EVENT

Event News

Talk by Dr. Atsuto Maki

Outline

Speaker
Dr. Atsuto Maki
Computer Vision and Active Perception Lab (CVAP), Royal Institute of Technology (KTH), Sweden
Date:
March 28 (Monday) 16:00-17:00
Place:
Seminar room 1 (20th floor), National Institute of Informatics
Title:
On the Utility of Generic ConvNets Visual Representations
Abstract:
We consider the utility of global image descriptors given by Deep Convolutional Networks (ConvNets) for visual recognition tasks. Given a ConvNet which has been trained with a large labeled data set, the feed-forward units activation at a certain layer can be used as a generic representation of a new input image for a target task. We will highlight three aspects of this common scenario in the context of transfer learning. We will first visit several factors affecting the transferability, including those for learning such as network design and distribution of training data as well as post-learning factors such as layer choice of the trained ConvNet. By optimising these factors, we see that significant improvements can be achieved on various standard visual recognition tasks. Then, we will explore what information resides in such representations; interestingly we find strong spatial information implicit, which was unexpected in a network trained for classification problems. We will finally introduce an efficient pipeline in an application to visual instance retrieval where spatial search is enabled by ConvNet representations. Work presented was performed with the computer vision group of CVAP.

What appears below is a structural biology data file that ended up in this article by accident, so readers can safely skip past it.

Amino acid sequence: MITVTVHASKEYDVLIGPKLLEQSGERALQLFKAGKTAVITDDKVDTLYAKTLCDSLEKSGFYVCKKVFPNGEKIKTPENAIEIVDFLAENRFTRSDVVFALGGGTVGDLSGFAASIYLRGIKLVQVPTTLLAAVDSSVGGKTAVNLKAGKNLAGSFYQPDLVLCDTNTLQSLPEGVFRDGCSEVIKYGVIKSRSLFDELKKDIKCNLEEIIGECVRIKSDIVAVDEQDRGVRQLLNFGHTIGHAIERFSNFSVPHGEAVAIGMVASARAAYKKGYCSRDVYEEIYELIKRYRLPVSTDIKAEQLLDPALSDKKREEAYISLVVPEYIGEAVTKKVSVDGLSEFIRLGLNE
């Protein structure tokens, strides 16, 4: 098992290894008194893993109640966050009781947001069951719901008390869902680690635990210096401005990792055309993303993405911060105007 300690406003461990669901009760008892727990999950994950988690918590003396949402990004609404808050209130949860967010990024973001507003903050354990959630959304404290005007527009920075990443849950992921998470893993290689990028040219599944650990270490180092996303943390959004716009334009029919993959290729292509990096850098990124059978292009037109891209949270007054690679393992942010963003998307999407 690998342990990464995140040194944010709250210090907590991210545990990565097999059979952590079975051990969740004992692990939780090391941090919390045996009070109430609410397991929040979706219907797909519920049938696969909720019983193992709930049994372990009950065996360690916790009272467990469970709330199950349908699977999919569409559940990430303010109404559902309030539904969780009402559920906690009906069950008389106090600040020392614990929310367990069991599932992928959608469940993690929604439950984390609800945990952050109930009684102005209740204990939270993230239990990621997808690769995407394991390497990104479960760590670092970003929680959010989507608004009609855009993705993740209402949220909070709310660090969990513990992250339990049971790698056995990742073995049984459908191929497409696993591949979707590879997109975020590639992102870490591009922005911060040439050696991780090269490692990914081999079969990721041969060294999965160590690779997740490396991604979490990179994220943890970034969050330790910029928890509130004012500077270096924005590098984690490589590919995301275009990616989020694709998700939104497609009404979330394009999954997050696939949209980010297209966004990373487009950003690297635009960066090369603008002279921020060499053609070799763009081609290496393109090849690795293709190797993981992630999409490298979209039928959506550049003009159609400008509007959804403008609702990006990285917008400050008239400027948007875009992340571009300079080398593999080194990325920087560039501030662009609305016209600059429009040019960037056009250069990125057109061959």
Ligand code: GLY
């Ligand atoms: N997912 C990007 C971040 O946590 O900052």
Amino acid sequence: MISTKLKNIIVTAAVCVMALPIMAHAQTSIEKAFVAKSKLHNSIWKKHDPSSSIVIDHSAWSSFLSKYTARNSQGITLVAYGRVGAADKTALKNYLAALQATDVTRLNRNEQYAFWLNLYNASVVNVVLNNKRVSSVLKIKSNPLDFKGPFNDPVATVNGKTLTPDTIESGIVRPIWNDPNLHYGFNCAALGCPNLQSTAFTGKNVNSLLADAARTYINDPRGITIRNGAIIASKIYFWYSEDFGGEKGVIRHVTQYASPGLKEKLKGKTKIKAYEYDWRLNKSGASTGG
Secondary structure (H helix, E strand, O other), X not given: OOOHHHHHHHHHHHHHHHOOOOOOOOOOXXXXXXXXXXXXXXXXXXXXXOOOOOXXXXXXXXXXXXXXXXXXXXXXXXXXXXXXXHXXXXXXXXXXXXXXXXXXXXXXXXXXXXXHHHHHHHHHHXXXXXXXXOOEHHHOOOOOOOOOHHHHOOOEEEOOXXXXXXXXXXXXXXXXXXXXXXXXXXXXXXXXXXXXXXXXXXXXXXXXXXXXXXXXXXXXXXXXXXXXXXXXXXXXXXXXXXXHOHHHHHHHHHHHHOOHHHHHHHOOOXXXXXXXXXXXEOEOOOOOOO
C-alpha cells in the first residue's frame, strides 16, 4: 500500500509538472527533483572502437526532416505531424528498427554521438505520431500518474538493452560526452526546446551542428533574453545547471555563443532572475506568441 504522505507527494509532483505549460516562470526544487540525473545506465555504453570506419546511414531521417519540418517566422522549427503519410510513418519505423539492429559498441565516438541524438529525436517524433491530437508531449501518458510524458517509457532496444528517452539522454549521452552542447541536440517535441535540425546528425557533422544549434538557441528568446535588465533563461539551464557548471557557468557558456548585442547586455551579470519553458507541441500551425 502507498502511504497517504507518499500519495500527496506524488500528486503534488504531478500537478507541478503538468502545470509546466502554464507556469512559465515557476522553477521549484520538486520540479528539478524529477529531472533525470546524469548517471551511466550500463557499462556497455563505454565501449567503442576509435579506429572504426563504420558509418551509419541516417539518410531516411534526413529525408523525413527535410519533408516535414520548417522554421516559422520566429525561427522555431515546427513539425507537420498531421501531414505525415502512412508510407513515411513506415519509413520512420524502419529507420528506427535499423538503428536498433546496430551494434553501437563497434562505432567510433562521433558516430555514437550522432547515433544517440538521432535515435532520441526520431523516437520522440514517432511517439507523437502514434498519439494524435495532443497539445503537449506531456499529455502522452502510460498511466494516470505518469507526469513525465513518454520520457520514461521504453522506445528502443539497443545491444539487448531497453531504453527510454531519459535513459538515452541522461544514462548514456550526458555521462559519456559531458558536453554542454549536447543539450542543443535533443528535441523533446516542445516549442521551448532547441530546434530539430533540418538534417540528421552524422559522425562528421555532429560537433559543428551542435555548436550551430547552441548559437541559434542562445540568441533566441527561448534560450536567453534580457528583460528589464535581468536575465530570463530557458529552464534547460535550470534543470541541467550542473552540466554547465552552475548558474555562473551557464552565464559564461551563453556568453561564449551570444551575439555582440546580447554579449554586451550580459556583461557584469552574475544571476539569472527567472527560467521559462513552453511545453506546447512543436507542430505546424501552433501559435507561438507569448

Short Bio:
Atsuto Maki is a Docent at the Royal Institute of Technology (KTH), Sweden. He received the BE degree from Kyoto University, the ME degree from the University of Tokyo, and the PhD degree from KTH (in 1996). After serving as a researcher at Toshiba Corporate R&D Center, a senior researcher at Toshiba Research Cambridge, U.K., and an associate professor at Kyoto University, he moved to KTH in 2013. His research interests cover a broad range of topics in machine learning and computer vision, including motion and object recognition, clustering, subspace analysis, stereopsis, and representation learning. He is currently a board member of Swedish Society for Automated Image Analysis (SSBA).
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